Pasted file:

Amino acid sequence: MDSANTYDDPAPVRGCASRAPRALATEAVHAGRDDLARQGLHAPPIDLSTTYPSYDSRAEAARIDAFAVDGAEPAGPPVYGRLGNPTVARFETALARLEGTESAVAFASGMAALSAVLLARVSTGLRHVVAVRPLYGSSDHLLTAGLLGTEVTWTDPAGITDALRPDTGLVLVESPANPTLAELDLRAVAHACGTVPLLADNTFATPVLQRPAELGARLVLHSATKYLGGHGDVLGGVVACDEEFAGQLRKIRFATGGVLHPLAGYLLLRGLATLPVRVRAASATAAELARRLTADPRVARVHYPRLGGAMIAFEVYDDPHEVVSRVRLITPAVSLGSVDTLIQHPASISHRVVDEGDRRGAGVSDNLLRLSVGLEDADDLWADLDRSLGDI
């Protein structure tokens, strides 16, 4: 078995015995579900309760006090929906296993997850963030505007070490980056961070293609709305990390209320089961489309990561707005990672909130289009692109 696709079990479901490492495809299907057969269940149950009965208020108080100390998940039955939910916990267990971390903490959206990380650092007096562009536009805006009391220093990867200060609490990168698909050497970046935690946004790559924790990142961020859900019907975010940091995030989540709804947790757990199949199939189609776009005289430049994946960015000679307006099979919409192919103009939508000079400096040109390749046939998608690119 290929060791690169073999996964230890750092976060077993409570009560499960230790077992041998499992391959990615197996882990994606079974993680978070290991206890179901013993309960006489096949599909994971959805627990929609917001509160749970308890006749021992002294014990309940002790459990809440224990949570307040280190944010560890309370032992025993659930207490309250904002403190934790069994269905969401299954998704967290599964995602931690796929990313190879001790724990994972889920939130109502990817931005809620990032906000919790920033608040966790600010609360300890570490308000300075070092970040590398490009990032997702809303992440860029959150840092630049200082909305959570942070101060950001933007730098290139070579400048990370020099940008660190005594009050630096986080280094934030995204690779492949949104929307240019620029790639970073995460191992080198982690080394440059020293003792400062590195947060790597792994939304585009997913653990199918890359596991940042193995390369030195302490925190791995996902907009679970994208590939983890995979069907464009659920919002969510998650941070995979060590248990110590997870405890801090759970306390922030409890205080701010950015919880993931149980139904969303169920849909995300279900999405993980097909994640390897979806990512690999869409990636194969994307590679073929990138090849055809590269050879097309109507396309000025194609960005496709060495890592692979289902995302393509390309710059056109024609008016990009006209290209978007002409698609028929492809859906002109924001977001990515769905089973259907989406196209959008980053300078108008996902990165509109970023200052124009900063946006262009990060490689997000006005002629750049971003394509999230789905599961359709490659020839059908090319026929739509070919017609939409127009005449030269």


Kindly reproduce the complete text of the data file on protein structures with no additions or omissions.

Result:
Amino acid sequence: MDSANTYDDPAPVRGCASRAPRALATEAVHAGRDDLARQGLHAPPIDLSTTYPSYDSRAEAARIDAFAVDGAEPAGPPVYGRLGNPTVARFETALARLEGTESAVAFASGMAALSAVLLARVSTGLRHVVAVRPLYGSSDHLLTAGLLGTEVTWTDPAGITDALRPDTGLVLVESPANPTLAELDLRAVAHACGTVPLLADNTFATPVLQRPAELGARLVLHSATKYLGGHGDVLGGVVACDEEFAGQLRKIRFATGGVLHPLAGYLLLRGLATLPVRVRAASATAAELARRLTADPRVARVHYPRLGGAMIAFEVYDDPHEVVSRVRLITPAVSLGSVDTLIQHPASISHRVVDEGDRRGAGVSDNLLRLSVGLEDADDLWADLDRSLGDI
């Protein structure tokens, strides 16, 4: 078995015995579900309760006090929906296993997850963030505007070490980056961070293609709305990390209320089961489309990561707005990672909130289009692109 696709079990479901490492495809299907057969269940149950009965208020108080100390998940039955939910916990267990971390903490959206990380650092007096562009536009805006009391220093990867200060609490990168698909050497970046935690946004790559924790990142961020859900019907975010940091995030989540709804947790757990199949199939189609776009005289430049994946960015000679307006099979919409192919103009939508000079400096040109390749046939998608690119 290929060791690169073999996964230890750092976060077993409570009560499960230790077992041998499992391959990615197996882990994606079974993680978070290991206890179901013993309960006489096949599909994971959805627990929609917001509160749970308890006749021992002294014990309940002790459990809440224990949570307040280190944010560890309370032992025993659930207490309250904002403190934790069994269905969401299954998704967290599964995602931690796929990313190879001790724990994972889920939130109502990817931005809620990032906000919790920033608040966790600010609360300890570490308000300075070092970040590398490009990032997702809303992440860029959150840092630049200082909305959570942070101060950001933007730098290139070579400048990370020099940008660190005594009050630096986080280094934030995204690779492949949104929307240019620029790639970073995460191992080198982690080394440059020293003792400062590195947060790597792994939304585009997913653990199918890359596991940042193995390369030195302490925190791995996902907009679970994208590939983890995979069907464009659920919002969510998650941070995979060590248990110590997870405890801090759970306390922030409890205080701010950015919880993931149980139904969303169920849909995300279900999405993980097909994640390897979806990512690999869409990636194969994307590679073929990138090849055809590269050879097309109507396309000025194609960005496709060495890592692979289902995302393509390309710059056109024609008016990009006209290209978007002409698609028929492809859906002109924001977001990515769905089973259907989406196209959008980053300078108008996902990165509109970023200052124009900063946006262009990060490689997000006005002629750049971003394509999230789905599961359709490659020839059908090319026929739509070919017609939409127009005449030269």